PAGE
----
Who indeed? Who should stand in the way of what the Holy Spirit is doing? The Gospel of the Holy Spirit tells us that she doesn’t behave in ways we always like. The Holy Spirit doesn’t follow the discipline. The Holy Spirit goes to Centurions and sorcerers. She blinds murderous Pharisees and brings salvation to sexually unclean foreigners.

To me, this might be the single most compelling argument for LGBTQ inclusion in the Church. It wasn’t my idea. It wasn’t a gay agenda. It wasn’t a liberal plot. It was the Holy Spirit’s idea. She started it.

I have seen the Holy Spirit at work through gay pastors. I have seen the Holy Spirit move through churches led by lesbian clergy. I have seen marriages guided by the Holy Spirit between two men. I have witnessed the Holy Spirit at work in “practicing homosexuals.” And if God gave them the same gift he gave to us who are cis-gendered, who are we to stand in God’s way?”

The Holy Spirit is alive. The Holy Spirit is burning in hearts and blowing open doors and changing hearts and lives. The Church should not be the ones to stand in God’s way.

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Season Three

I’m doing it again. I’m five weeks into a new lease on life, and I’m exhilarated and terrified. Did I hit rock bottom? I doubt it. I’m sure things could have gotten worse – and that’s the part that scares me. I’ve done this all before and yet here I am again. I think this time it started with Lent. Considering spiritual disciplines I could take on, I started thinking about the changes I needed to make in my life. I recognized that I was deeply unhealthy.

I don’t need to go into the details, but I looked in the mirror and hated everything I saw. Heavier than ever – way too close to 400 pounds. Aching back, tingling feet, chronic fatigue. I was cruel to myself, “You’re a piece of shit” was my multiple-times-a-day mantra. I hated things that I once loved. I leaned into terrible habits, stopping at McDonald’s between meals, eating handfuls of Oreos before bed, buying candy bars in the checkout line. I ate to experience a small dose of happiness in the midst of a world that was so full of evil, apathy, and pressure. This winter, as the world started to come out of pandemic – even as it lingers – I started to see what I had done and what I had become. I realized that I was slowly killing myself because I was convinced that the world – my church – even my family – would be better off without me. I never harmed myself, but I was destroying myself slowly. I was choosing the slow burn into oblivion.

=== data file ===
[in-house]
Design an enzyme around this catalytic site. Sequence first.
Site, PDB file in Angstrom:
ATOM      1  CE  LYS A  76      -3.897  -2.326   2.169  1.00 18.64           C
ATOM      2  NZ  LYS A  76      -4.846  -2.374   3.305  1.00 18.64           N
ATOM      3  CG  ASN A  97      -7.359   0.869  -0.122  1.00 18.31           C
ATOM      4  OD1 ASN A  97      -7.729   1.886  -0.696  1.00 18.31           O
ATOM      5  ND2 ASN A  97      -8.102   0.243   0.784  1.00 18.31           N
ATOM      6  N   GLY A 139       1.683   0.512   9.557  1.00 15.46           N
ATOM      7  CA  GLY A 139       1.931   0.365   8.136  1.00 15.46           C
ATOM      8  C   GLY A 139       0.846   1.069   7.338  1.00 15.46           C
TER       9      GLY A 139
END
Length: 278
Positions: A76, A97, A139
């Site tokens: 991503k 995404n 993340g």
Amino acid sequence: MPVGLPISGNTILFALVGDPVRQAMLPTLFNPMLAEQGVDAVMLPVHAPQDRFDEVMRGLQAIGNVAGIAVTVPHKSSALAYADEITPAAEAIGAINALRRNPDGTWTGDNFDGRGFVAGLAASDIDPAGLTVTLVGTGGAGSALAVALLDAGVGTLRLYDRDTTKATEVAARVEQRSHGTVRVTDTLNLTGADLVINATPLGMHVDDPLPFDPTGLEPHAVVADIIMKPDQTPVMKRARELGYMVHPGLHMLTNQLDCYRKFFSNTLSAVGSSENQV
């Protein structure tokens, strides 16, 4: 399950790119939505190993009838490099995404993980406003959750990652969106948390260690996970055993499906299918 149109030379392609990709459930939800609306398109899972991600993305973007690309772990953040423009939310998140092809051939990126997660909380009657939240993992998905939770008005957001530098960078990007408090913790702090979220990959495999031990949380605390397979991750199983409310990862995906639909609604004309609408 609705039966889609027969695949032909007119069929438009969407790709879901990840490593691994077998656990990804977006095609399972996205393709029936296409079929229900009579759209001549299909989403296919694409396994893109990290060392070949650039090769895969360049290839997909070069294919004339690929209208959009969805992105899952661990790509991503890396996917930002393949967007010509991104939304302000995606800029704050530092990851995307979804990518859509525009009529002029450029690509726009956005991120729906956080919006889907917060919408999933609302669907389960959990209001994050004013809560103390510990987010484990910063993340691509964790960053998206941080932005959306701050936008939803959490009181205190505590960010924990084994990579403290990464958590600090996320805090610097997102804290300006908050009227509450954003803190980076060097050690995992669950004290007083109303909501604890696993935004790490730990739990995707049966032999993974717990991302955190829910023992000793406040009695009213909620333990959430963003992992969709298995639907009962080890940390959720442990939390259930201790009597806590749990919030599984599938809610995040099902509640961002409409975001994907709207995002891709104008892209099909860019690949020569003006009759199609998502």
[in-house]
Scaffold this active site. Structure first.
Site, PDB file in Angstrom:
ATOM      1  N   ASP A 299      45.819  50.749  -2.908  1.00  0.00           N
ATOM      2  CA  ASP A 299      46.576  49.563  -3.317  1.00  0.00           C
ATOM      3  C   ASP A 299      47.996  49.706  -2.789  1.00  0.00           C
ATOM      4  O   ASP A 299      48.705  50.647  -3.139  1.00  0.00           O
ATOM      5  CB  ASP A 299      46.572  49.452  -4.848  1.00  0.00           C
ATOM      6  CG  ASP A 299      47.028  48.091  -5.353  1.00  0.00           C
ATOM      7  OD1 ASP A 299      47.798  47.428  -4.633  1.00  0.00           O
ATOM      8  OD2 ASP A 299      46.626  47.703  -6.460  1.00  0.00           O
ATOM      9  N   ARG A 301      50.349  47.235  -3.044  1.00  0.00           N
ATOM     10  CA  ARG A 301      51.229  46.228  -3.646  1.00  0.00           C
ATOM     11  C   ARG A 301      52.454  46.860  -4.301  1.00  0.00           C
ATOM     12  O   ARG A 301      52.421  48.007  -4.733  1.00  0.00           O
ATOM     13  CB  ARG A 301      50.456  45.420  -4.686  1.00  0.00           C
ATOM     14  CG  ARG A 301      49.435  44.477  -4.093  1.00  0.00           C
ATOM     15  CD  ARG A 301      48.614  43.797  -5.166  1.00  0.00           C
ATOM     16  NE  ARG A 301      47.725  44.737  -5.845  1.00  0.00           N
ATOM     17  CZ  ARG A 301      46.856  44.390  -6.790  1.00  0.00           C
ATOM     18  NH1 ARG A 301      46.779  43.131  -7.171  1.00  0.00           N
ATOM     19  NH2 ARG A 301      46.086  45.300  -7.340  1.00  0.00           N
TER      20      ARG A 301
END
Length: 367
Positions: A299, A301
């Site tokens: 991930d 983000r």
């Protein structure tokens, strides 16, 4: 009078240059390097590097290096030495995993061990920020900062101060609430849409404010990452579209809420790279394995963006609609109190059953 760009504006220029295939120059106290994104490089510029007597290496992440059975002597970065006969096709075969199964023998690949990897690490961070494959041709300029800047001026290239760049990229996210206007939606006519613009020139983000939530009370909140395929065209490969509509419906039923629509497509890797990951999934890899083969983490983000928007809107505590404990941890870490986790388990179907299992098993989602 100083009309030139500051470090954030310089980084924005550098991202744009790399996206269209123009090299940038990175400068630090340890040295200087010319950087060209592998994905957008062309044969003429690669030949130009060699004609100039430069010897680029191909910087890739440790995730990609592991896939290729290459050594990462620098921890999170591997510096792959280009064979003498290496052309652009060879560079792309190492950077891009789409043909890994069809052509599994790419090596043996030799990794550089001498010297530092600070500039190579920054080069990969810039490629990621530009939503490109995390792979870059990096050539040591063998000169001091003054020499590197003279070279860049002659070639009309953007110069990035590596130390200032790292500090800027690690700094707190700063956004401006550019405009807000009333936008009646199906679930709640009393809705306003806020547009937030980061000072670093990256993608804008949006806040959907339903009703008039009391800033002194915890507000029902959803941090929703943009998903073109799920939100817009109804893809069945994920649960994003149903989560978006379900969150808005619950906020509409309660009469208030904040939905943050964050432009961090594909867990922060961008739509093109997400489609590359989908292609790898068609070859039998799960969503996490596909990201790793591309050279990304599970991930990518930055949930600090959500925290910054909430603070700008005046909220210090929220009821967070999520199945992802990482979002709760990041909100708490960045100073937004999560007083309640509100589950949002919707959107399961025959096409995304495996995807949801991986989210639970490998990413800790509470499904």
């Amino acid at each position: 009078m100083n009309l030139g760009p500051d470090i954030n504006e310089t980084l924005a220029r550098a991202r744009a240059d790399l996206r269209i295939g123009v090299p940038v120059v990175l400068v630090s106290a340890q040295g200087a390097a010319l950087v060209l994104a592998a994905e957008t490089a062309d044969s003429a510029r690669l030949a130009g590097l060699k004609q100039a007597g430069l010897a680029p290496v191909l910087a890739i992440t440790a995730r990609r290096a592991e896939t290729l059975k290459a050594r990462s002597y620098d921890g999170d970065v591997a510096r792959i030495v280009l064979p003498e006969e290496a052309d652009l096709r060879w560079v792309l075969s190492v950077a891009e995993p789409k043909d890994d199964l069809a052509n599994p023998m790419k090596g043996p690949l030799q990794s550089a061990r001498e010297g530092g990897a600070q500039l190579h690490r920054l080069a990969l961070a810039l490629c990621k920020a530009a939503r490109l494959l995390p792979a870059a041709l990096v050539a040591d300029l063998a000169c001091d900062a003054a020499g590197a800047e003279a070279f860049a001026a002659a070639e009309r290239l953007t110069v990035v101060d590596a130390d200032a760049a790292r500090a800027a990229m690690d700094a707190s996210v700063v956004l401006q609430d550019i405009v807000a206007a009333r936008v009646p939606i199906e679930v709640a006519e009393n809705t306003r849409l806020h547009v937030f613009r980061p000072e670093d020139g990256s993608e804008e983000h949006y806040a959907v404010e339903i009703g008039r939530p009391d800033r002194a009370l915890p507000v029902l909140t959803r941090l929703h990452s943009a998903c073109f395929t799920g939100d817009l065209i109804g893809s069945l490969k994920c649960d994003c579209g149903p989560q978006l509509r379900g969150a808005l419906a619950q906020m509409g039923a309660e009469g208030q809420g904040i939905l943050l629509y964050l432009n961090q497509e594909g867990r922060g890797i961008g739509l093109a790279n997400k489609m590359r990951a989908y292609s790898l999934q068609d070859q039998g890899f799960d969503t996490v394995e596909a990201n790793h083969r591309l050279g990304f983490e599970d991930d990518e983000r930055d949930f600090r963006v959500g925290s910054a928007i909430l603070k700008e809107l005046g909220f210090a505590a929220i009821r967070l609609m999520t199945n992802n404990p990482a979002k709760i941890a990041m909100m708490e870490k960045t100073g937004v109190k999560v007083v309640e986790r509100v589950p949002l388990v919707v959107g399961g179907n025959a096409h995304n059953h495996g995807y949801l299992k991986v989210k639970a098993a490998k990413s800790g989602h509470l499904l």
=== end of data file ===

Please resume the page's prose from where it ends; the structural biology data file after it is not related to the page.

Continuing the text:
Then I knew it had to stop. My family deserved better than a husband and father who was slowly destroying himself. Lent came and it was the catalyst I needed to make some changes. I made an appointment with my physician, fearful that I had already done irreparable physical damage as I massaged my toe that hurt for no reason. I found a therapist who seemed compatible and enjoyed our first session even though I knew she wouldn’t tell me anything I didn’t already know. We renewed our membership at the local fitness center, and I made a plan to go every day after dropping off the girls from school. I decided to join my daughter in the piano lessons that she started.

I took control. I had a plan. I found a goal – a 5K in June that I decided I wanted to run. I asked my daughter if she wanted to run it with me, and she was excited. I told my daughters that I started going to therapy. I shared with them my struggles, and told them how sad I had gotten. We cried. We hugged.

I started posting pictures of my workouts on Facebook and Instagram. I told people about the theme song I found – “Living My Best Life,” by Ben Rector. I told my girls that every time I get on the elipitcal machine, when I get to the last three minutes of my workout I start playing it and it motivates me to finish strong.

I close my eyes and lip sync “Can’t believe I’m a grown ass man, but you know what they say of best laid plans. But I’m holding on to my daughters’ hands, and I’ve got a reason to live,” and I throw my fist into the air and beat my sweaty chest and go harder. People might wonder what the heck I’m doing, but I don’t care, because “Baby I’m thriving. I’m living my best life. I wake up with the sunrise. It does not look a thing like I thought that it would. I’m getting my steps in, and I sleep with my best friend, It’s the best that has been in a long time.”

And that’s why I’m scared. I’m terrified because I’ve done this all before. This is the third time in my life that I’ve looked at myself in the mirror and hated everything I saw and felt and started to make some changes. Twice before I’ve lost 80 pounds. Twice I’ve started doing 5K runs and felt the addictive joy of trimming times off of my mile. Twice I’ve felt like I had made the kind of permanent changes that would save my life.

So now I’m in season three of the same show. I’m getting my steps in. I’m wearing my Fitbit and tracking my calories. I’m making smarter choices. I’m skipping McDonald’s. I’m choosing fruit instead of fries. I’m making protein smoothies instead of eating sleeves of cookies. I’m finding ways to get to the gym instead of finding excuses to avoid it. I feel good. I’ve lost 20 pounds. My heart rate has improved. I’m getting stronger.

This time I’ve added a few characters and twists to the show. I’m going to therapy, and feel good about having a place to articulate my depressive feelings. I’m inviting my church to participate in the 5K. I’m taking piano lessons. I love the creative outlet. I took piano lessons as a kid and always regretted quitting. I love that I’m doing it – and I love even more that I’m doing it with my daughter. It gives us this beautiful shared experience and shared sense of accomplishment, confidence, and pride.